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  An American Manifesto
Tuesday October 21, 2014 
by Christopher Chantrill Follow chrischantrill on Twitter

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Not With My Kid You Don't The End of Socialized Medicine?

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Can Conservatives Show That "We Care?"

by Christopher Chantrill
October 24, 2007 at 10:06 am

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LAST WEEK President Bush successfully stopped the expansion of S-CHIP into the liberal slacker classes.

After last week the creative children of well-to-do parents who would rather buy fancy cars than pay for health insurance will have to pause for a moment.

For this important ethical and moral victory the president should be celebrated forever as one of our greatest presidents.

Meanwhile the Democrats showed once again that they “cared about the children.”

Never mind that it’s all just a huge bluff.

Government is there to protect us from enemies foreign and domestic. It doesn’t do that job very well, but it’s better than the alternative.

Everything else is fluff., and very expensive fluff at that. The newly legislated fluff always looks wonderful. But after a while it always turns into rotting bureaucratic sludge.

Fluff? Health care and education are fluff? Let’s take a look at the great heads of government spending for FY 2008 on usgovernmentspending.com. The numbers are all budgeted and estimated.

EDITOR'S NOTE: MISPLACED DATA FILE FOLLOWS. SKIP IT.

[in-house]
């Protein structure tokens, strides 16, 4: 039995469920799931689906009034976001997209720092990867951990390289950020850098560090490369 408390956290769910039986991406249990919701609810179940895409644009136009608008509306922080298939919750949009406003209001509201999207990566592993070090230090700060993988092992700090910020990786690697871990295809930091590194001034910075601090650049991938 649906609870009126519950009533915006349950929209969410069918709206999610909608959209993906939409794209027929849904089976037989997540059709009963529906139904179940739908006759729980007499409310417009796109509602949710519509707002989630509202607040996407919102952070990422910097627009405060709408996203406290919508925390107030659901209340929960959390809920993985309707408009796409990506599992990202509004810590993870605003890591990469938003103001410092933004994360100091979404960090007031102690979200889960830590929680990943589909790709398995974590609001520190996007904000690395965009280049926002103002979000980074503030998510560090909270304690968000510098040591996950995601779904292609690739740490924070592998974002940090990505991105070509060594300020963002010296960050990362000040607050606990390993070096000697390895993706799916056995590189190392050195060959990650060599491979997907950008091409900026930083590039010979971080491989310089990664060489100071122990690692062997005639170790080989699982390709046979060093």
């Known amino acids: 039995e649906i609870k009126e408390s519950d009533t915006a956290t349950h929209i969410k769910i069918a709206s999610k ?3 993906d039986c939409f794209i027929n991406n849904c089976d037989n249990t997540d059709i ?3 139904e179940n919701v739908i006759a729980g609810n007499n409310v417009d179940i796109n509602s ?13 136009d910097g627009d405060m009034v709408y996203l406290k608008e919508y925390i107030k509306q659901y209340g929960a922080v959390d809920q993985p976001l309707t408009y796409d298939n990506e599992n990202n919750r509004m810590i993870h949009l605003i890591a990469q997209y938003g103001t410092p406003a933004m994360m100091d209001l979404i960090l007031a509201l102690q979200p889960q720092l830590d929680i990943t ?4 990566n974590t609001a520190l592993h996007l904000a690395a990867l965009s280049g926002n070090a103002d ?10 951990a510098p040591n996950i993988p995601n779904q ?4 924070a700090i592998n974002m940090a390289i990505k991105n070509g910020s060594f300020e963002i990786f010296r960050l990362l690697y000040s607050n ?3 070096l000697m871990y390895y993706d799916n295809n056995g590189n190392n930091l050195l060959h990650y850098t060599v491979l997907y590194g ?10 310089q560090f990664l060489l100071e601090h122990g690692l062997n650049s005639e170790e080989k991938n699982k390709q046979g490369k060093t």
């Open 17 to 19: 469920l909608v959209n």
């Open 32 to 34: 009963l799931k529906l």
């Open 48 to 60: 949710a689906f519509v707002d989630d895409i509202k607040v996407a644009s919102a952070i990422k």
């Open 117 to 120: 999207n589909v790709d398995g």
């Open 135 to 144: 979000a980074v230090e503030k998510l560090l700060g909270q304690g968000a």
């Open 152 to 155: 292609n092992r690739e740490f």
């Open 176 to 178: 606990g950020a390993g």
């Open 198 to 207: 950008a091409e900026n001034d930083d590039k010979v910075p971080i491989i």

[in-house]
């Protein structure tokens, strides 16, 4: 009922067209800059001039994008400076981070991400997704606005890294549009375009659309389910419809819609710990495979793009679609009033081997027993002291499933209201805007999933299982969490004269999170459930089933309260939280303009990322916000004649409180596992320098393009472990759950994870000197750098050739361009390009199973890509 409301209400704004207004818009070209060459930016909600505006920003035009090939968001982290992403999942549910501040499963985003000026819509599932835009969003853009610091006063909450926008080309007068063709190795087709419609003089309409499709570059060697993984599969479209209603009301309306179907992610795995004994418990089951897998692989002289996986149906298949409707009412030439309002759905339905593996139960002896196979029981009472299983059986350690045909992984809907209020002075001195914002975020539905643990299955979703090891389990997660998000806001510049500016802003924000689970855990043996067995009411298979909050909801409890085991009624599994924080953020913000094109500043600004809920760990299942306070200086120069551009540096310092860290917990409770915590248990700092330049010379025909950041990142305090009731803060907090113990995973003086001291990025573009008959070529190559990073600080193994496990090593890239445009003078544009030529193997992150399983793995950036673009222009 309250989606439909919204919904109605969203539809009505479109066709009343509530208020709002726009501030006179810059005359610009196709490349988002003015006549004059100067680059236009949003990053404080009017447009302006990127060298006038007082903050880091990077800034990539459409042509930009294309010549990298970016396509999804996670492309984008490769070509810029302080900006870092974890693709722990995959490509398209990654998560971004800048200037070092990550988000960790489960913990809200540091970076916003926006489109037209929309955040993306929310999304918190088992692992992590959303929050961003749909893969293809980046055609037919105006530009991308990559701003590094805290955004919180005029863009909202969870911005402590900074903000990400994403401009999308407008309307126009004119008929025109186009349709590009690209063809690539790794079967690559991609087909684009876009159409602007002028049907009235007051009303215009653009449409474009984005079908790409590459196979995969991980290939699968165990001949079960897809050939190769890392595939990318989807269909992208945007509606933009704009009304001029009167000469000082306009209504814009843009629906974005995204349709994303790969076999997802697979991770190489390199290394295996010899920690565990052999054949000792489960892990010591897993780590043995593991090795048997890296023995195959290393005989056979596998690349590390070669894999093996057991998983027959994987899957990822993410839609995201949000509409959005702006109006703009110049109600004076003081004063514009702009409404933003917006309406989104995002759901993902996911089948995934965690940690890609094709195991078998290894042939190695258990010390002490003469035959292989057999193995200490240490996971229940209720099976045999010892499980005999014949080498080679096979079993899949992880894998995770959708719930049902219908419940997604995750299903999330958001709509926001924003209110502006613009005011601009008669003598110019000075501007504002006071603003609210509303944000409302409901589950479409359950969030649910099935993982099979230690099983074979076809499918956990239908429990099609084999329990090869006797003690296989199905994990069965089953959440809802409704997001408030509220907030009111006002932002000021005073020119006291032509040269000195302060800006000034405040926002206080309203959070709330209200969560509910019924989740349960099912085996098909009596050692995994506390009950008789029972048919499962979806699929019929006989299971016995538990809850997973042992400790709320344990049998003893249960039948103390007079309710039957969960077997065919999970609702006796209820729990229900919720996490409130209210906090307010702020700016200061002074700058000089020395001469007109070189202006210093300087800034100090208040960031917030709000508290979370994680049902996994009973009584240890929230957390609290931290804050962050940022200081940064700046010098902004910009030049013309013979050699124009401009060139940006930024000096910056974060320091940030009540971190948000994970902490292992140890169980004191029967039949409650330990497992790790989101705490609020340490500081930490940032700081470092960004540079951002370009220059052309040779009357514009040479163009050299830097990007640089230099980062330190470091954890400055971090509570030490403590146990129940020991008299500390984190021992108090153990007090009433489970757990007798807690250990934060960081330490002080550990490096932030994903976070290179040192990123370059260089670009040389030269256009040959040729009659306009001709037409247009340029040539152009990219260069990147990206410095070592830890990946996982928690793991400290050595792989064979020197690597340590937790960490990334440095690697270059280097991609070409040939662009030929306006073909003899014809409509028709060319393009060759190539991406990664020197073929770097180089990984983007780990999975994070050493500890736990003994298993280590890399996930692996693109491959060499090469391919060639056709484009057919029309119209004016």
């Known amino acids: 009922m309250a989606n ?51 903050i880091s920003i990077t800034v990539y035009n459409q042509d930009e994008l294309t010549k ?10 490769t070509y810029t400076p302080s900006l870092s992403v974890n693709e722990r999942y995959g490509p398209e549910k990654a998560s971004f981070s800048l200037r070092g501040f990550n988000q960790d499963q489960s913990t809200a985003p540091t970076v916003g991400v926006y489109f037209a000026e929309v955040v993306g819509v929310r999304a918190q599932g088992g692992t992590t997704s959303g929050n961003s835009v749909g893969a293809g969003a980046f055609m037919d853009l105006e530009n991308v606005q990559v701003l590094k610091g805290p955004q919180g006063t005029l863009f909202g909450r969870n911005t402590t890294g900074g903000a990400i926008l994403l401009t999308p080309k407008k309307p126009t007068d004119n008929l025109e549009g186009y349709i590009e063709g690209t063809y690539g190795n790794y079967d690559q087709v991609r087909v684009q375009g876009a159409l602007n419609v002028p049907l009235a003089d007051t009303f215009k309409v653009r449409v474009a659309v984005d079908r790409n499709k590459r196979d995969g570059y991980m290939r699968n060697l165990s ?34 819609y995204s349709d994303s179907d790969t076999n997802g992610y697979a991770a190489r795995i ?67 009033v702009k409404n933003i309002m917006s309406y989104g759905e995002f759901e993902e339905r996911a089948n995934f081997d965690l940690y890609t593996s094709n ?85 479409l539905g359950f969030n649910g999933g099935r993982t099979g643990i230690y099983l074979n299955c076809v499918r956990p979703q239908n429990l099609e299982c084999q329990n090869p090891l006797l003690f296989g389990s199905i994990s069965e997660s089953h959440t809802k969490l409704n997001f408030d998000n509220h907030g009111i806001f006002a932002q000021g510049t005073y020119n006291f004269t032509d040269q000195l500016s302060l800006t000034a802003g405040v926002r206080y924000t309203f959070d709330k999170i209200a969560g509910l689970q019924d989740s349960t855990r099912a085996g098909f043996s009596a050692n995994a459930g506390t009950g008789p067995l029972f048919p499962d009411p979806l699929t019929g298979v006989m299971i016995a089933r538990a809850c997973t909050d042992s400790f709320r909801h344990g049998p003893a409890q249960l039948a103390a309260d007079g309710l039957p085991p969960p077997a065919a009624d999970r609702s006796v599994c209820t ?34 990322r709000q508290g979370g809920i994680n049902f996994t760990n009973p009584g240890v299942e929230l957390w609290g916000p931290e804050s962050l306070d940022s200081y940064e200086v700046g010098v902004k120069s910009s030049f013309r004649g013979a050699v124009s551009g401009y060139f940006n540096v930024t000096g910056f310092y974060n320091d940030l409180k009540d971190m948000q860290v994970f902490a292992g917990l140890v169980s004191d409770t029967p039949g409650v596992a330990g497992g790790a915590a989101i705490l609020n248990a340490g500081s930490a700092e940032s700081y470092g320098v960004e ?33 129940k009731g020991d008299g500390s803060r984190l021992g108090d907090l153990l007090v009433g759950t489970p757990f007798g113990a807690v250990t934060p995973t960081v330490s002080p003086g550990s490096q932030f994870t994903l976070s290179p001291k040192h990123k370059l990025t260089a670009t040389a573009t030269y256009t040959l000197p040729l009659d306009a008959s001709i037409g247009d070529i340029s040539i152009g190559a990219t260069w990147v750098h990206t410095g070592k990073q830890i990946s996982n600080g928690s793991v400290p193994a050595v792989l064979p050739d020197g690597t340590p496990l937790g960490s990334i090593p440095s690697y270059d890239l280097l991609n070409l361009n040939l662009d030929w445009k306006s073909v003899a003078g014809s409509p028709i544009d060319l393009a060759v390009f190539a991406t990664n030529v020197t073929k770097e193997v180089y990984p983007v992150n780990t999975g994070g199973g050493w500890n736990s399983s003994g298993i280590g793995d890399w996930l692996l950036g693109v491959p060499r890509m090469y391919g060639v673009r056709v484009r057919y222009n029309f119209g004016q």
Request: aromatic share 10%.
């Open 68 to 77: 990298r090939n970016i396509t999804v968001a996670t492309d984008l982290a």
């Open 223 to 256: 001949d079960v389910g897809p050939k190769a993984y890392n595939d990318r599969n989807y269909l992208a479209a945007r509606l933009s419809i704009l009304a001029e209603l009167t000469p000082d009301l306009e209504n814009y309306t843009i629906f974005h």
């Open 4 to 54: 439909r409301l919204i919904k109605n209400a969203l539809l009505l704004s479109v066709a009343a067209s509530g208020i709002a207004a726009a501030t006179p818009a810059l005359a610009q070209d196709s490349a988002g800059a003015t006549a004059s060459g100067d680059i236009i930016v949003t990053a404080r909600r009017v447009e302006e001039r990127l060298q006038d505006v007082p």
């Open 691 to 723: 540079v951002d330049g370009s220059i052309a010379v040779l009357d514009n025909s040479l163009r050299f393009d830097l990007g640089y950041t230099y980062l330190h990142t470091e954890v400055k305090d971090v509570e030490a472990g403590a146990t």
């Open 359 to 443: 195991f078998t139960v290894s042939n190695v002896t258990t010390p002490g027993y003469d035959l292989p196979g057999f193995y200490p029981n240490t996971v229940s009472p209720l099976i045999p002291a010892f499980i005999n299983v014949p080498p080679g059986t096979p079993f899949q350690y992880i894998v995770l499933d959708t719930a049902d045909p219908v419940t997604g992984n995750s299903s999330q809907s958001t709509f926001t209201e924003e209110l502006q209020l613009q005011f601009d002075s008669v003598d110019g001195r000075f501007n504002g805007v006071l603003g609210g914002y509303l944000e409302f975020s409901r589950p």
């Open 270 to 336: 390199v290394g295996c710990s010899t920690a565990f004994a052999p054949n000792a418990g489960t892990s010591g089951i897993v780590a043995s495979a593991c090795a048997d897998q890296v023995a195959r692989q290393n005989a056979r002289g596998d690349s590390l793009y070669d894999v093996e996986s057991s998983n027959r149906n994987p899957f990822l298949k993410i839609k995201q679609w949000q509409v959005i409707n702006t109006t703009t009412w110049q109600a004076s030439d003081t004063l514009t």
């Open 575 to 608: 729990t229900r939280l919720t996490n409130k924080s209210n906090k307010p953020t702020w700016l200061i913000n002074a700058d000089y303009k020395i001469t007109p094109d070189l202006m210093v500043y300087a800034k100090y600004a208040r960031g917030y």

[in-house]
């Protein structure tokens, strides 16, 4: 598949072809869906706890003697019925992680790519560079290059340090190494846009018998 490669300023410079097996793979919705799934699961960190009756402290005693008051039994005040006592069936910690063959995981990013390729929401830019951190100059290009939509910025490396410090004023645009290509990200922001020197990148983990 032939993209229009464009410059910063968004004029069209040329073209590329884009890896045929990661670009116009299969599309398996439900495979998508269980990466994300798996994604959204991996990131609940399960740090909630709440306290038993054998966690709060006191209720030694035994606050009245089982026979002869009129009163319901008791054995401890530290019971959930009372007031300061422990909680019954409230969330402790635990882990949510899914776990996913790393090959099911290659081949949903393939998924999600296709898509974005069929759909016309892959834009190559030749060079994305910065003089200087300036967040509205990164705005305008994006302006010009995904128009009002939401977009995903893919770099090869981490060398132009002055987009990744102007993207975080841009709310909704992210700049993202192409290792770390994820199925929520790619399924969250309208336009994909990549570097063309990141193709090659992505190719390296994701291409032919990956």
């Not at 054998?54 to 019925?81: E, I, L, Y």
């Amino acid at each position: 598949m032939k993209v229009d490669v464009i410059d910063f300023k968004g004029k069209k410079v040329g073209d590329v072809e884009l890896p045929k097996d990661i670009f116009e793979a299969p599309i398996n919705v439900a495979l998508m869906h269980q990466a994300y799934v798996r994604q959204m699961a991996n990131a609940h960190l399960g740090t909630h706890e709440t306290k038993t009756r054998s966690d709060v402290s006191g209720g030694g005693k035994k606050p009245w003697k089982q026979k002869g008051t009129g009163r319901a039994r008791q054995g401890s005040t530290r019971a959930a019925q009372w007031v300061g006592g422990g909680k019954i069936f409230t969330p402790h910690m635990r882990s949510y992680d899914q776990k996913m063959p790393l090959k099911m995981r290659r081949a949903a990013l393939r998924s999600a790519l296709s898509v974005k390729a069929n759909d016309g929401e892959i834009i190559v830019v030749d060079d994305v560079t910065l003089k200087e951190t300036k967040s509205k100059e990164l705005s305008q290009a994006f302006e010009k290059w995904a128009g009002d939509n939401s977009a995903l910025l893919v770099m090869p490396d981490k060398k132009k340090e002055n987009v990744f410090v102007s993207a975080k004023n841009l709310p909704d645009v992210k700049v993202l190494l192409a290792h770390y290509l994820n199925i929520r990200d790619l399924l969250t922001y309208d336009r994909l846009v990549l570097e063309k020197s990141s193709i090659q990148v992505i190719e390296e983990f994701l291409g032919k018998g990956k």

United States Federal, State, and Local Government Spending
Fiscal Year 2008
Amounts in billions of dollars
Pensions: $910.0
Health Care: $916.5
Education: $836.7
Defense: $692.0
Welfare: $436.4

We are talking about all levels of government, of course.

Here’s the dirty little secret that explains why it’s mostly fluff. All that money we spend on health care and education—we don’t know if it is doing any good.

You start to get the picture from Rising Life Expectancy by James C. Riley. There are six areas for reducing mortality: “public health, medicine, wealth and income, nutrition, behavior, and education,” he writes. But researchers find it very difficult to separate out the significance of each area. One thing is certain; the importance of medicine has been greatly over-hyped. Needless to say, more research is needed.

Robin Hanson of CATO confirms Riley’s finding. He writes that we don’t have a clue about the effectiveness of health care. Although health experts know this they are nervous about telling us. Anyway we just don’t believe them.

Non-health-policy experts are probably shocked to hear my claims. Most students in my eight years of teaching health economics have simply not believed me, even after a semester of reviewing the evidence.

Here’s an example of what Hanson is talking about. RAND health insurance study in 1978-82 assigned two thousand families to various health insurance plans from free to full price. The result was inconclusive; the health of some poor families even got worse after they got free health insurance.

What is going on?

The key to understanding “health-care,” Hanson suggests, comes after the hyphen. It is all about care, not health.

[H]umans long ago evolved a tendency to use medicine to ‘show that we care,’ rather than just to get healthy.